Renee Kinder

No two patients are the same.

Furthermore, therapists know well that no two patients with dementia are ever the same.

We have long awaited greater specificity in coding for the persons we serve daily with dementia and now we finally have the opportunity to code specifically tied to severity.

How, you ask? Well, the FY 2023 ICD-10 updates are now in effect. 

Therapists and the interdisciplinary team should take note of the added specificity we have long awaited to coding for dementia.

The Centers for Medicare & Medicaid Services and the National Center for Health Statistics, two departments within the federal government’s Department of Health and Human Services provide the following guidelines for coding and reporting using the International Classification of Diseases, 10th Revision, Clinical Modification (ICD-10-CM) effective 10-1-2023.

The guidelines should be used as a companion document to the official version of the ICD-10-CM as published on the NCHS website. The ICD-10-CM is a morbidity classification published by the United States for classifying diagnoses and reasons for visits in all health care settings. 

The ICD 10-CM is based on the ICD-10, the statistical classification of disease published by the World Health Organization (WHO). 

Furthermore, guidelines have been approved by the four organizations that make up the Cooperating Parties for the ICD-10-CM: the American Hospital Association, the American Health Information Management Association, CMS and NCHS. 

A joint effort between the healthcare provider and the coder is essential to achieve complete and accurate documentation, code assignment, and reporting of diagnoses and procedures. These guidelines have been developed to assist both the healthcare provider and the coder in identifying those diagnoses that are to be reported. The importance of consistent, complete documentation in the medical record cannot be overemphasized. Without such documentation accurate coding cannot be achieved.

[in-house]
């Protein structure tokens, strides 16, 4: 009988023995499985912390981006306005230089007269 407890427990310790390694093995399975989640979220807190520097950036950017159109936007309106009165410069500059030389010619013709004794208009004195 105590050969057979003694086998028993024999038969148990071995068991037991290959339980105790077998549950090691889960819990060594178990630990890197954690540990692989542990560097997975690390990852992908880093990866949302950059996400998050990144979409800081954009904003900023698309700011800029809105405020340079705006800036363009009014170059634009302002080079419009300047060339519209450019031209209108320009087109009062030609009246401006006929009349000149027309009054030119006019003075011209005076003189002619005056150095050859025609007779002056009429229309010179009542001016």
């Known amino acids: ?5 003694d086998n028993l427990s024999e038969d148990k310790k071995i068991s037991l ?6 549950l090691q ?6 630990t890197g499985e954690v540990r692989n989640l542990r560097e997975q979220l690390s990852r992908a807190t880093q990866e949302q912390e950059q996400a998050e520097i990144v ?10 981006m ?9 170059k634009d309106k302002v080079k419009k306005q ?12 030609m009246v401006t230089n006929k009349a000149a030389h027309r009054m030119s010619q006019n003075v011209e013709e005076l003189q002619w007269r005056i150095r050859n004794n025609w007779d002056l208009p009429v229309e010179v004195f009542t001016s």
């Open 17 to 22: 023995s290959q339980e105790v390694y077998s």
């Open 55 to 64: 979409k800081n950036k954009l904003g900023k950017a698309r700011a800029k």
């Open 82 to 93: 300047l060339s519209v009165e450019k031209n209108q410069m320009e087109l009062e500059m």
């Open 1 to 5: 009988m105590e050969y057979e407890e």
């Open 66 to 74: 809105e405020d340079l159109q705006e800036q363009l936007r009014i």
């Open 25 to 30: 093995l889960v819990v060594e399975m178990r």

The entire record should be reviewed to determine the specific reason for the encounter and the conditions treated.

So, what is new to Chapter 5: Mental, Behavioral and Neurodevelopmental disorders (F01 – F99)?

Over 80 new and updated codes provide greater specificity based on etiology and levels of severity (mild, moderate, severe, or unspecified).

The updated ICD-10-CM classifies dementia (categories F01, F02, and F03) on the basis of the etiology and severity (unspecified, mild, moderate or severe). 

Selection of the appropriate severity level requires the provider’s clinical judgment and codes should be assigned only on the basis of provider documentation (as defined in the Official Guidelines for Coding and Reporting), unless otherwise instructed by the classification. 

If the documentation does not provide information about the severity of the dementia, assign the appropriate code for unspecified severity. If a patient is admitted to an inpatient acute care hospital or other inpatient facility setting with dementia at one severity level and it progresses to a higher severity level, assign one code for the highest severity level reported during the stay.

For example: Mild F02.A0, with

– aberrant motor behavior (exit-seeking) (pacing) (restlessness) (rocking) F02.A11

– -agitation F02.A11

–  anxiety F02.A4

– behavioral disturbances (sexual disinhibition) (sleep disturbance) (social disinhibition) F02.A18

– specified NEC F02.A18

–  mood disturbance (anhedonia) (apathy) (depression) F02.A3

–  psychotic disturbance (delusional state) (hallucinations) (paranoia) (suspiciousness) F02.A2

– verbal or physical behaviors (anger) (aggression) (combativeness) (profanity) (shouting) (threatening) (violence) F02.A11

Moderate F02.B0, with

–  aberrant motor behavior (exit-seeking) (pacing) (restlessness) (rocking) F02.B11

– -agitation F02.B11

– anxiety F02.B4

–  behavioral disturbances (sexual disinhibition) (sleep disturbance) (social disinhibition) F02.B18

–  specified NEC F02.B18

–  mood disturbance (anhedonia) (apathy) (depression) F02.B3

– psychotic disturbance (delusional state) (hallucinations) (paranoia) (suspiciousness) F02.B2

– verbal or physical behaviors (anger) (aggression) (combativeness) (profanity) (shouting) (threatening) (violence) F02.B11

Severe F02.C0, with

– aberrant motor behavior (exit-seeking) (pacing) (restlessness) (rocking) F02.C11

– agitation F02.C11

– anxiety F02.C4

– behavioral disturbances (sexual disinhibition) (sleep disturbance) (social disinhibition) F02.C18

– specified NEC F02.C18

-mood disturbance (anhedonia) (apathy) (depression) F02.C3

-psychotic disturbance (delusional state) (hallucinations) (paranoia) (suspiciousness) F02.C2

– verbal or physical behaviors (anger) (aggression) (combativeness) (profanity) (shouting) (threatening) (violence) F02.C11

Ready to learn more?

FY 2023 rules can be found on the CDC and CMS websites with more detail here

Renee Kinder, MS, CCC-SLP, RAC-CT, is Executive Vice President of Clinical Services for Broad River Rehab and a 2019 APEX Award of Excellence winner in the Writing–Regular Departments & Columns category. Additionally, she serves as Gerontology Professional Development Manager for the American Speech Language Hearing Association’s (ASHA) gerontology special interest group, is a member of the University of Kentucky College of Medicine community faculty and is an advisor to the American Medical Association’s Current Procedural Terminology CPT® Editorial Panel. She can be reached at [email protected]